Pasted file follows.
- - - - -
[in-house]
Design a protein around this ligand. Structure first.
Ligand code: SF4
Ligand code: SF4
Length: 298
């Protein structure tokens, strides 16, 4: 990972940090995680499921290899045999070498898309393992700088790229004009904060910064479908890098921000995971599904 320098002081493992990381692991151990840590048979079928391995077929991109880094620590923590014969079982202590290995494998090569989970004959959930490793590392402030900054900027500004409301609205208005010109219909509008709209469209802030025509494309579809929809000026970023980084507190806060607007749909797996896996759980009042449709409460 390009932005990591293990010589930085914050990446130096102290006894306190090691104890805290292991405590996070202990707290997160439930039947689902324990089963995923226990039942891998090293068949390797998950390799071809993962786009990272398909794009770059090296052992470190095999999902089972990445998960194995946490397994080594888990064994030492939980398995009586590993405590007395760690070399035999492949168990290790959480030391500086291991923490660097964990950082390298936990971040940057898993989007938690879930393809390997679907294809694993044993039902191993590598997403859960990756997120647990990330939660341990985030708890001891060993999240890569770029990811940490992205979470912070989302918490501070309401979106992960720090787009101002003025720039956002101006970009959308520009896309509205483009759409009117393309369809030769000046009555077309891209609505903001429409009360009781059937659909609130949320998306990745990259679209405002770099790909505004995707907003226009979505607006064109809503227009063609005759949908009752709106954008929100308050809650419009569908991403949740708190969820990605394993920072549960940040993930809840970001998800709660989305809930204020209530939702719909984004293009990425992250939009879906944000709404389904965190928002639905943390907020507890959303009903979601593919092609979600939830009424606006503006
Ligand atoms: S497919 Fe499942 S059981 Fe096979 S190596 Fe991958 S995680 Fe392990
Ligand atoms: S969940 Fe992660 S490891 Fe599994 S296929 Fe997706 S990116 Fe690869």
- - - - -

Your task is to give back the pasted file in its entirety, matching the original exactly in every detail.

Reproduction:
[in-house]
Design a protein around this ligand. Structure first.
Ligand code: SF4
Ligand code: SF4
Length: 298
């Protein structure tokens, strides 16, 4: 990972940090995680499921290899045999070498898309393992700088790229004009904060910064479908890098921000995971599904 320098002081493992990381692991151990840590048979079928391995077929991109880094620590923590014969079982202590290995494998090569989970004959959930490793590392402030900054900027500004409301609205208005010109219909509008709209469209802030025509494309579809929809000026970023980084507190806060607007749909797996896996759980009042449709409460 390009932005990591293990010589930085914050990446130096102290006894306190090691104890805290292991405590996070202990707290997160439930039947689902324990089963995923226990039942891998090293068949390797998950390799071809993962786009990272398909794009770059090296052992470190095999999902089972990445998960194995946490397994080594888990064994030492939980398995009586590993405590007395760690070399035999492949168990290790959480030391500086291991923490660097964990950082390298936990971040940057898993989007938690879930393809390997679907294809694993044993039902191993590598997403859960990756997120647990990330939660341990985030708890001891060993999240890569770029990811940490992205979470912070989302918490501070309401979106992960720090787009101002003025720039956002101006970009959308520009896309509205483009759409009117393309369809030769000046009555077309891209609505903001429409009360009781059937659909609130949320998306990745990259679209405002770099790909505004995707907003226009979505607006064109809503227009063609005759949908009752709106954008929100308050809650419009569908991403949740708190969820990605394993920072549960940040993930809840970001998800709660989305809930204020209530939702719909984004293009990425992250939009879906944000709404389904965190928002639905943390907020507890959303009903979601593919092609979600939830009424606006503006
Ligand atoms: S497919 Fe499942 S059981 Fe096979 S190596 Fe991958 S995680 Fe392990
Ligand atoms: S969940 Fe992660 S490891 Fe599994 S296929 Fe997706 S990116 Fe690869």